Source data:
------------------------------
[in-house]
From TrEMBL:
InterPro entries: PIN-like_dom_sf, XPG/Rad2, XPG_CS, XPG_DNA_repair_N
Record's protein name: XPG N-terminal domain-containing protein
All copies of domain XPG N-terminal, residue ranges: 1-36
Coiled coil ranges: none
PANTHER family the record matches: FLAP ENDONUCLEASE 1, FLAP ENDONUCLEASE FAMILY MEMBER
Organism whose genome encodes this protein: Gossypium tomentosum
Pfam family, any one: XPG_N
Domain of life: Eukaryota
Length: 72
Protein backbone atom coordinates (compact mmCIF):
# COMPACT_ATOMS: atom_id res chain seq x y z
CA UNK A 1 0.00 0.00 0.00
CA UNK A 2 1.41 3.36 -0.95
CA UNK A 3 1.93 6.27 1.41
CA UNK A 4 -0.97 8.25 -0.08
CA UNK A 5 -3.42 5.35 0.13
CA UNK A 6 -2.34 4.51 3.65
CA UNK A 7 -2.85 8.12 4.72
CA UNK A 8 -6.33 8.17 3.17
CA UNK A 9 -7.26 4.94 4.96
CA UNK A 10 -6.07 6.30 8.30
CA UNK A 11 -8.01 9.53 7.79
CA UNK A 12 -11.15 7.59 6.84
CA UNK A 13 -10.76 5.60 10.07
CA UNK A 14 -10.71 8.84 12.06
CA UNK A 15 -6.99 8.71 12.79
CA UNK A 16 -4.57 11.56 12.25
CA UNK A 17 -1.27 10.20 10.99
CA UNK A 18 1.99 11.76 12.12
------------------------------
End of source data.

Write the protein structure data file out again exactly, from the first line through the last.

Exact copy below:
[in-house]
From TrEMBL:
InterPro entries: PIN-like_dom_sf, XPG/Rad2, XPG_CS, XPG_DNA_repair_N
Record's protein name: XPG N-terminal domain-containing protein
All copies of domain XPG N-terminal, residue ranges: 1-36
Coiled coil ranges: none
PANTHER family the record matches: FLAP ENDONUCLEASE 1, FLAP ENDONUCLEASE FAMILY MEMBER
Organism whose genome encodes this protein: Gossypium tomentosum
Pfam family, any one: XPG_N
Domain of life: Eukaryota
Length: 72
Protein backbone atom coordinates (compact mmCIF):
# COMPACT_ATOMS: atom_id res chain seq x y z
CA UNK A 1 0.00 0.00 0.00
CA UNK A 2 1.41 3.36 -0.95
CA UNK A 3 1.93 6.27 1.41
CA UNK A 4 -0.97 8.25 -0.08
CA UNK A 5 -3.42 5.35 0.13
CA UNK A 6 -2.34 4.51 3.65
CA UNK A 7 -2.85 8.12 4.72
CA UNK A 8 -6.33 8.17 3.17
CA UNK A 9 -7.26 4.94 4.96
CA UNK A 10 -6.07 6.30 8.30
CA UNK A 11 -8.01 9.53 7.79
CA UNK A 12 -11.15 7.59 6.84
CA UNK A 13 -10.76 5.60 10.07
CA UNK A 14 -10.71 8.84 12.06
CA UNK A 15 -6.99 8.71 12.79
CA UNK A 16 -4.57 11.56 12.25
CA UNK A 17 -1.27 10.20 10.99
CA UNK A 18 1.99 11.76 12.12